FOTF, ADF, and their crew of right-wing allies are working in courtrooms and classrooms around the world to influence the policies that define the strength and extent of our freedoms. May our resistance be as bold and brilliant at Agatha Tan’s.

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Midterm Elections: School Privatization Continues to Advance DeVos/Heritage Foundation Strategy

Midterm elections present a particularly fruitful opportunity for the school privatization movement to maximize their investment.  Since 1974, in mid-term or non-presidential election years, the federal election turnout has failed to reach 40% of eligible voters, as opposed to range of about 49% – 56% in presidential elections, thus providing an opportunity for energized voters to advance their issues in state-level races.  While the results of the 2014 effort remain to be seen, this effect has been amplified by the impact of both the Tea Party movement and the millions of dollars of pro-privatization money being poured into elections in several states.

While most of the press coverage and national attention during midterm elections is focused on the composition of the U.S. Senate and House of Representatives, the privatization juggernaut has used these low-turnout elections to continue to increase its hold on state legislatures, where most decisions are made on education policy and funding.

“Private school choice” is the term used by its advocates to describe the state-level programs that use public dollars to fund private education, including tax credit programs and school vouchers.  Advocates of school privatization have always focused on state elections, but by the late 1990s they had shifted their dollars and efforts from statewide ballot initiatives to a policy of rewards and consequences for individual state legislators—both Republican and Democratic—based on their position on school privatization. This strategy was described to a Heritage Foundation audience by leading privatization advocate Dick DeVos in 2002, as the strategy implemented in the late 1990s was beginning to yield results.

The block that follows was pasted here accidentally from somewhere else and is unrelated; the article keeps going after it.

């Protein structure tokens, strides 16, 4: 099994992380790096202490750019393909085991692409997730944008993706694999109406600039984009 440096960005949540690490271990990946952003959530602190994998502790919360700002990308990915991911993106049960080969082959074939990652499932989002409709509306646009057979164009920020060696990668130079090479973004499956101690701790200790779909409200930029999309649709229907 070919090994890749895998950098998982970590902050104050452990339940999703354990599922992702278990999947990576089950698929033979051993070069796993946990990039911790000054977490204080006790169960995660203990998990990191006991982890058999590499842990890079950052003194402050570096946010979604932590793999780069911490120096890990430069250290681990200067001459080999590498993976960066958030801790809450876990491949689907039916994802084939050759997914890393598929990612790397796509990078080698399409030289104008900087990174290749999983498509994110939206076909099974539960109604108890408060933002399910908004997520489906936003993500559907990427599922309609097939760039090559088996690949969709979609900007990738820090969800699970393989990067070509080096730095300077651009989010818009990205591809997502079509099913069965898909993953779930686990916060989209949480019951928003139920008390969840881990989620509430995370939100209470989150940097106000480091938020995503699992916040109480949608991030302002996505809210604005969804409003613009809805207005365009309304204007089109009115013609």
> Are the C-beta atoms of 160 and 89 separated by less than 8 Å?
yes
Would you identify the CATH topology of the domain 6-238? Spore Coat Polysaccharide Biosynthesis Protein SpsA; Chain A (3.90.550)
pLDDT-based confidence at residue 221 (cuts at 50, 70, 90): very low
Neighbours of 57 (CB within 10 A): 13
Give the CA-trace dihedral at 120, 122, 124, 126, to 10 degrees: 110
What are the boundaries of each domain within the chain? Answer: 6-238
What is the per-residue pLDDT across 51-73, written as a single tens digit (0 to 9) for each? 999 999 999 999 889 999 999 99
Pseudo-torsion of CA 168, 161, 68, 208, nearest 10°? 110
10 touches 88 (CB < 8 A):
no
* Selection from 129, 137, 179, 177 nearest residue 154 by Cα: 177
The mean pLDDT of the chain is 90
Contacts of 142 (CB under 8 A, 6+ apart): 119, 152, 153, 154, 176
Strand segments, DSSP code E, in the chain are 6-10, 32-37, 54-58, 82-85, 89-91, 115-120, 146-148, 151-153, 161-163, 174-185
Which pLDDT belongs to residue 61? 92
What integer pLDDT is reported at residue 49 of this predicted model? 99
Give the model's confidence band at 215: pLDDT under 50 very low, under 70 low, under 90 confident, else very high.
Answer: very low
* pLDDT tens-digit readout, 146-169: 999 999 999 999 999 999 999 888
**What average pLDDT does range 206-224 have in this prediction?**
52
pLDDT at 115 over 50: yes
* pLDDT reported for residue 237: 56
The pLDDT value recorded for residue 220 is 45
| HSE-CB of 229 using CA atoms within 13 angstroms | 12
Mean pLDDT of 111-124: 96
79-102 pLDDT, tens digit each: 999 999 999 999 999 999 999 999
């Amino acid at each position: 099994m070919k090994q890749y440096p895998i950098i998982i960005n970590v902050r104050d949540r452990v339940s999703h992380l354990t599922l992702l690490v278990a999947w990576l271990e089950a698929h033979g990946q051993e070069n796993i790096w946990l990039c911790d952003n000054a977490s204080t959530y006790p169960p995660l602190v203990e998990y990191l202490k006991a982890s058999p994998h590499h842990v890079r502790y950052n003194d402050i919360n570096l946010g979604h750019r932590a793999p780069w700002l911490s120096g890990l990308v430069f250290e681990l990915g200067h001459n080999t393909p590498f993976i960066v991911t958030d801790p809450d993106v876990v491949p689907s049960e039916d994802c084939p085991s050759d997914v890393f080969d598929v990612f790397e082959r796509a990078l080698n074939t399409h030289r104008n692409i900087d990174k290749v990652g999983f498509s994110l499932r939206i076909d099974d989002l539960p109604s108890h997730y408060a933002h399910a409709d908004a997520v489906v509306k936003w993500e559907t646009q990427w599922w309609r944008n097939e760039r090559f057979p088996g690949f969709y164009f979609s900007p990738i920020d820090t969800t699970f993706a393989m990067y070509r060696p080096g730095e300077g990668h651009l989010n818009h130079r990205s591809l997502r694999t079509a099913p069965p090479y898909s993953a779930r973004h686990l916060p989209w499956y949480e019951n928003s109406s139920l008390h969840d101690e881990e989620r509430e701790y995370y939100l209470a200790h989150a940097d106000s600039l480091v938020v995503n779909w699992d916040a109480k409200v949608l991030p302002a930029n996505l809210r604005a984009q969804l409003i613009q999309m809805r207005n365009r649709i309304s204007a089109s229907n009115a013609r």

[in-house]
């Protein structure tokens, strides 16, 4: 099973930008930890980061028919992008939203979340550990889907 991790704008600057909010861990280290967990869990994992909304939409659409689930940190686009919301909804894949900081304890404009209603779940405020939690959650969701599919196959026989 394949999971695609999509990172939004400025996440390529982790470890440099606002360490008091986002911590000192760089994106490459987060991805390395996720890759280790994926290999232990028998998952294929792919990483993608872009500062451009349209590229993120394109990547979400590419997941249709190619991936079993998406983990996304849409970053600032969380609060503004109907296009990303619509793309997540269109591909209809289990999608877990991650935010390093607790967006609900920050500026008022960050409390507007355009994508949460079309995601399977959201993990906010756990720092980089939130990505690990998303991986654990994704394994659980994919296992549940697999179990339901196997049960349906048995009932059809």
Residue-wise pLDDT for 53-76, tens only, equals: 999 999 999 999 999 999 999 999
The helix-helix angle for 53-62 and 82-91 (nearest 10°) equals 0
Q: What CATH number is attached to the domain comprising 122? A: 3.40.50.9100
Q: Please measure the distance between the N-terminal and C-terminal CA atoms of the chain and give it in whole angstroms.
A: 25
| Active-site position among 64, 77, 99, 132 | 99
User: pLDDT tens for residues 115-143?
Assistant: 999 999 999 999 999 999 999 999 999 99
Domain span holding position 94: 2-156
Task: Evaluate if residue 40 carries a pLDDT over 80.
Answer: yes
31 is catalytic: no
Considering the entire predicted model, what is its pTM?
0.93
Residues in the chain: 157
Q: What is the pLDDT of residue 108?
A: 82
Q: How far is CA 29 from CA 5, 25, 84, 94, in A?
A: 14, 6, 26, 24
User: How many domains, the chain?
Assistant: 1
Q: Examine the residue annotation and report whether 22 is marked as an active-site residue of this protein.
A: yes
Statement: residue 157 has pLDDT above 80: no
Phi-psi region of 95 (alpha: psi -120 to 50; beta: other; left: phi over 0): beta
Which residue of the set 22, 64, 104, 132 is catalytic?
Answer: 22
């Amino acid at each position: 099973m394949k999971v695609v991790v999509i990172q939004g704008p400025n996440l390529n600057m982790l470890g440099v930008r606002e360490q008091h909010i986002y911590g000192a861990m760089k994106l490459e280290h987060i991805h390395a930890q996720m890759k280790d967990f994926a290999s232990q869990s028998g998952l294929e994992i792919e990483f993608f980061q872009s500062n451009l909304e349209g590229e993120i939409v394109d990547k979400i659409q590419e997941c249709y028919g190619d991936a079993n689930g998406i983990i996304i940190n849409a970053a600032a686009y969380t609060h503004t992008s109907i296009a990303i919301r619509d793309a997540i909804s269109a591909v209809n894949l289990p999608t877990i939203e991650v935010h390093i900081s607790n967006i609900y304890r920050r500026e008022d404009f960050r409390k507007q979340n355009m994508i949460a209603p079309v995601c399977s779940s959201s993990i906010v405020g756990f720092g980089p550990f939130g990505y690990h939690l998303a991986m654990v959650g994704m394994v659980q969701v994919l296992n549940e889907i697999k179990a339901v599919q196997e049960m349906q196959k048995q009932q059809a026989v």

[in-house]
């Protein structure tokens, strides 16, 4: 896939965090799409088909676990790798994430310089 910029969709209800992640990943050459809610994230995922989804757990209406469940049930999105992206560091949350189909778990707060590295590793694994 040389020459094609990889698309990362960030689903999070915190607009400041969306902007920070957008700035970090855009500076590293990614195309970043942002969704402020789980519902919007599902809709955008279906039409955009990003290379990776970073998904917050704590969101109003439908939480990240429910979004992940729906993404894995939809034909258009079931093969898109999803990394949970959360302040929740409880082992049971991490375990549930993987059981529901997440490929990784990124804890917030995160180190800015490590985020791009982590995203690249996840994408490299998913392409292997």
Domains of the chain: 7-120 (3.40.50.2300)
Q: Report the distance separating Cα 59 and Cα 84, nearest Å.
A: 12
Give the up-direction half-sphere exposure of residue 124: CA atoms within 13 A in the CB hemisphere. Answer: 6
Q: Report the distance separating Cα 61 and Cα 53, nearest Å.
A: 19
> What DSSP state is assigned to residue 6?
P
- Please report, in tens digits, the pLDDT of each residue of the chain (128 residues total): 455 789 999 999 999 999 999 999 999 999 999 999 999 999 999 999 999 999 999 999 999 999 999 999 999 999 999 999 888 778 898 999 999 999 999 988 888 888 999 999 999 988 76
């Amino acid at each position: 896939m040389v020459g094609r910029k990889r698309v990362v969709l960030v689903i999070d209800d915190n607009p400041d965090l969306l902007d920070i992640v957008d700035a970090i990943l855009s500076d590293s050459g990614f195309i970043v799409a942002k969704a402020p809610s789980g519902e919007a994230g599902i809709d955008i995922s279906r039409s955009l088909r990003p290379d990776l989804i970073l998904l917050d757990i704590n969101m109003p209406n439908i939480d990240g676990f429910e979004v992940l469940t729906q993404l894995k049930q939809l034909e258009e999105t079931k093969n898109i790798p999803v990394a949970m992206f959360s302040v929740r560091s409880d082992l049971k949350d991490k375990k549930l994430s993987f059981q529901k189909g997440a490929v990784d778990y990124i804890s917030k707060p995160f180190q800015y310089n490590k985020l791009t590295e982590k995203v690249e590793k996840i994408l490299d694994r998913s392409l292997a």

Dick DeVos

Dick DeVos

Although it’s now more than a decade old, the Dick DeVos speech to the Heritage Foundation is still useful in understanding the shift in strategy that has resulted in the success of the privatization movements after decades of rejection on state ballot initiatives.  The video includes the explanation of the “rewards and consequences” strategy, which uses massive funding to support or attack state legislators in their home districts. DeVos explains the ongoing implementation of this strategy by his wife, Betsy DeVos, through the Great Lakes Education Project in their home state of Michigan. Betsy DeVos was then, and continues today, to be the “four star general” guiding the attack on public education, as she has been dubbed by Rob Boston of Americans United for Separation of Church and State. The DeVos strategy has been implemented through single-interest nonprofits, the American Legislative Exchange Council (ALEC), and the conservative think tanks in all fifty states interconnected through the State Policy Network.

In addition to the shift from state ballot initiatives on vouchers to a “reward and consequences” for state legislators, DeVos also emphasized the need to continue an ongoing strategy for changing the face of “school choice” promotion.  School privatization had been the domain of a small core group of wealthy, White, conservative donors, but by 2002 an effort was already well underway to recruit a public face for the movement that would be bipartisan, minority led, and appear to be a grass roots effort.

In the video, the covert nature of the strategy is stressed, as DeVos warns the Heritage Foundation audience that they need to “be cautious about talking too much about these activities,” including the need for school privatization to have a different face than their own.